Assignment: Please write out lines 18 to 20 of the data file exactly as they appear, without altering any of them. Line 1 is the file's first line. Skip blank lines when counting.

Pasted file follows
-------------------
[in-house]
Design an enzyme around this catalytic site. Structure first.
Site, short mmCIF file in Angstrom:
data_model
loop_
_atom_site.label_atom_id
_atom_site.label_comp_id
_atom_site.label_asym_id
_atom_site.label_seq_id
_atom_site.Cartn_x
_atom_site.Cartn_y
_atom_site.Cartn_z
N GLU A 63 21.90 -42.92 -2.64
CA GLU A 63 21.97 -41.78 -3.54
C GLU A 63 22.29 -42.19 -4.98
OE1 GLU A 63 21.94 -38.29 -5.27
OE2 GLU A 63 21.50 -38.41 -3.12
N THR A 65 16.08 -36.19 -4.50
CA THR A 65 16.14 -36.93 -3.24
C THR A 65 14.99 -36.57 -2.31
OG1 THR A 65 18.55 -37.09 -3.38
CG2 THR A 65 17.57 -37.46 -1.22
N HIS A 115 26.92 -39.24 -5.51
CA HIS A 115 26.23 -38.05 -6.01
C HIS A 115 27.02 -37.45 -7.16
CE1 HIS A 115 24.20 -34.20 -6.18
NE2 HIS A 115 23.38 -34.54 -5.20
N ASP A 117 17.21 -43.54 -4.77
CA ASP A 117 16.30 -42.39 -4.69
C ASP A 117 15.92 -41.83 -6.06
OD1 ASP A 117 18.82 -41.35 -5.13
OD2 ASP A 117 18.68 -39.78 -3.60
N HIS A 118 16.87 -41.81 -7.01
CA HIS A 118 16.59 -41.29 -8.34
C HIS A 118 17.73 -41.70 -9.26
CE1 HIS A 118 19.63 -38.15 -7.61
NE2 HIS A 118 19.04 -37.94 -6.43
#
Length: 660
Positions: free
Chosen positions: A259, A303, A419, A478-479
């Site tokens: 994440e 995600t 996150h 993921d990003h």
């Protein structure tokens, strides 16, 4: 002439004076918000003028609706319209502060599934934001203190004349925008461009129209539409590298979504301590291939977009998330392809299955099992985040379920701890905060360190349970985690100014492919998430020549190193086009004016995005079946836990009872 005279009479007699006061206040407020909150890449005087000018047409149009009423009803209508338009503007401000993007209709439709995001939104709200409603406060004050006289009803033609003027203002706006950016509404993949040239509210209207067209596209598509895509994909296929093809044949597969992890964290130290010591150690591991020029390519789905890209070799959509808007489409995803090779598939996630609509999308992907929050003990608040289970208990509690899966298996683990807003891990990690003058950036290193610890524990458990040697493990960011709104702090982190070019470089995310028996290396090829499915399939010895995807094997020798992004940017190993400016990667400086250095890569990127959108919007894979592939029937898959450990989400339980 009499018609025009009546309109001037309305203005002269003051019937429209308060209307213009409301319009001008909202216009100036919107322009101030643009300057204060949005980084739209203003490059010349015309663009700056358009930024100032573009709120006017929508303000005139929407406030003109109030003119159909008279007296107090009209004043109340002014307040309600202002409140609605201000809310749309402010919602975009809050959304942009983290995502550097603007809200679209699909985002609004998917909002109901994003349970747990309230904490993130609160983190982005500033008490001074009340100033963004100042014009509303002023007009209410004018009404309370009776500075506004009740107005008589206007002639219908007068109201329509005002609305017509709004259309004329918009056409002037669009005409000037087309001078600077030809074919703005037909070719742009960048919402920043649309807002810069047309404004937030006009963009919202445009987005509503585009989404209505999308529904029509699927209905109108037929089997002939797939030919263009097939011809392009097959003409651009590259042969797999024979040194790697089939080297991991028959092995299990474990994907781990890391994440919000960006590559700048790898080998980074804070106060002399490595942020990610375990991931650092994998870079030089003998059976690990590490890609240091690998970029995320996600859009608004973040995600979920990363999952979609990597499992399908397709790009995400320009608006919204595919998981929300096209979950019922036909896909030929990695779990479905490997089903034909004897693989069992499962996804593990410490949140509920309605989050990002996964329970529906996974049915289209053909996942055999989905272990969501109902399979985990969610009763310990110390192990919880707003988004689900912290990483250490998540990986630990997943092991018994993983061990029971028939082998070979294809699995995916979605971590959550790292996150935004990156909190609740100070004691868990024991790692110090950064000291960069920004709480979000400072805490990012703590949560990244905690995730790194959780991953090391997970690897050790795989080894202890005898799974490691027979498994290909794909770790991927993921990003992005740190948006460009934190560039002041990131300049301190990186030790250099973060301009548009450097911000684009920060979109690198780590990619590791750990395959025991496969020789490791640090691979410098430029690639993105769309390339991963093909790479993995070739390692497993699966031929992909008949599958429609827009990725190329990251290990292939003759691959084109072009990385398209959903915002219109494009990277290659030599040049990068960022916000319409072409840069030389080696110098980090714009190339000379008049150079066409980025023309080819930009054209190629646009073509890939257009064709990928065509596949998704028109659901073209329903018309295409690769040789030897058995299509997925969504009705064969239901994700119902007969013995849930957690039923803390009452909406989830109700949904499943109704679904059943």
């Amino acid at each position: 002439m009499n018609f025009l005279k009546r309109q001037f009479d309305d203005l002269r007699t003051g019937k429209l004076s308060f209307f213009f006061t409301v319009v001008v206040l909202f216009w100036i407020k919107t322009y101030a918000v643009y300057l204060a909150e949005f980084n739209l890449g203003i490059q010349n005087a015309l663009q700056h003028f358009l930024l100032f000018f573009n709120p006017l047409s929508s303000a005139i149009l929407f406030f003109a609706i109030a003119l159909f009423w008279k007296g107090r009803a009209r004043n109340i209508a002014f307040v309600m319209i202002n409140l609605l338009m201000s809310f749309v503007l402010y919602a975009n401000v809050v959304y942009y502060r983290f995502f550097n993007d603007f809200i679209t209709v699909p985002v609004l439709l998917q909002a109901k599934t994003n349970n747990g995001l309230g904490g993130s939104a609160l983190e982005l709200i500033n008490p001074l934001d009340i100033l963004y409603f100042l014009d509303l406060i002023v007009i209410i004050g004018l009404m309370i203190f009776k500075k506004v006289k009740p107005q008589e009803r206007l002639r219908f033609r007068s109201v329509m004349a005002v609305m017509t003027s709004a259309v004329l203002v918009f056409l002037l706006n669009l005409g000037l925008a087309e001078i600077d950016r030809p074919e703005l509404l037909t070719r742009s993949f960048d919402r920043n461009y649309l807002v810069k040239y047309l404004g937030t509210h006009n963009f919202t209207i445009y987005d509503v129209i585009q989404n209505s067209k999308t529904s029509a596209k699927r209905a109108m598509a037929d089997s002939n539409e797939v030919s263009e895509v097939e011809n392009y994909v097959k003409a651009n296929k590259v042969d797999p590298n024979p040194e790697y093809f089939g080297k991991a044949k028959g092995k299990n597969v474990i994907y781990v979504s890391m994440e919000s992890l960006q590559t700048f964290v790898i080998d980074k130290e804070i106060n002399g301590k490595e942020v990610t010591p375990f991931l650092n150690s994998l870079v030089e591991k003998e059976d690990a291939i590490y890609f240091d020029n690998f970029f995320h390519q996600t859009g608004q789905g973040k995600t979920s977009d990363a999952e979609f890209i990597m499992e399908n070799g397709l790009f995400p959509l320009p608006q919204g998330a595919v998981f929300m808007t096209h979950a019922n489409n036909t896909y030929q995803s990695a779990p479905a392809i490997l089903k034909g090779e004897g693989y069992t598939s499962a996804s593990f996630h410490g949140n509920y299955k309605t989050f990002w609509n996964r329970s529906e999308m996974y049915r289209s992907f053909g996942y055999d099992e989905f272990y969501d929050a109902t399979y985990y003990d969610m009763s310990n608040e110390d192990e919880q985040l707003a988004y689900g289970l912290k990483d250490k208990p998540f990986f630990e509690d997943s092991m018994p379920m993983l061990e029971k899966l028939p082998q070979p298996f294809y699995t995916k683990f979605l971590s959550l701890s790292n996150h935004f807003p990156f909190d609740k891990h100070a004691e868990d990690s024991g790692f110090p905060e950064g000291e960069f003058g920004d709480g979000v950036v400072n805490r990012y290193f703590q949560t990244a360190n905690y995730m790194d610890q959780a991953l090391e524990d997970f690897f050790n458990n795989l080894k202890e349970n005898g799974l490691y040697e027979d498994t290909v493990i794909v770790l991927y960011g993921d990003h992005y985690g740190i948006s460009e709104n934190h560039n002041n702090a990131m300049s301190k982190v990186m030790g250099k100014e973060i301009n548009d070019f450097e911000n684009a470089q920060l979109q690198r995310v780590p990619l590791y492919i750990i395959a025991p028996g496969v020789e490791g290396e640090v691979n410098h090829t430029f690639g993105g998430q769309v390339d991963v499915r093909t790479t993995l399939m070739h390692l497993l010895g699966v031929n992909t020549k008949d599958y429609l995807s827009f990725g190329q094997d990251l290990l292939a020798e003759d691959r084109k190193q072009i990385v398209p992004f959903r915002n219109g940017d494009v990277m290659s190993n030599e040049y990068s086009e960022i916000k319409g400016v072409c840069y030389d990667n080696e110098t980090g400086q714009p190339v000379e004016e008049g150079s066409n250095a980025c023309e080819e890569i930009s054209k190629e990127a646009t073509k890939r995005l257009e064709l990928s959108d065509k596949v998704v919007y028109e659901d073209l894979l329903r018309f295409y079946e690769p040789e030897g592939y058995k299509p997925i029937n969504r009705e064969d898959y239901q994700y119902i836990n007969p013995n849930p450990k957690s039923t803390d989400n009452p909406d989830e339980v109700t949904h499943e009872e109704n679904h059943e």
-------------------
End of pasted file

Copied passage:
N THR A 65 16.08 -36.19 -4.50
CA THR A 65 16.14 -36.93 -3.24
C THR A 65 14.99 -36.57 -2.31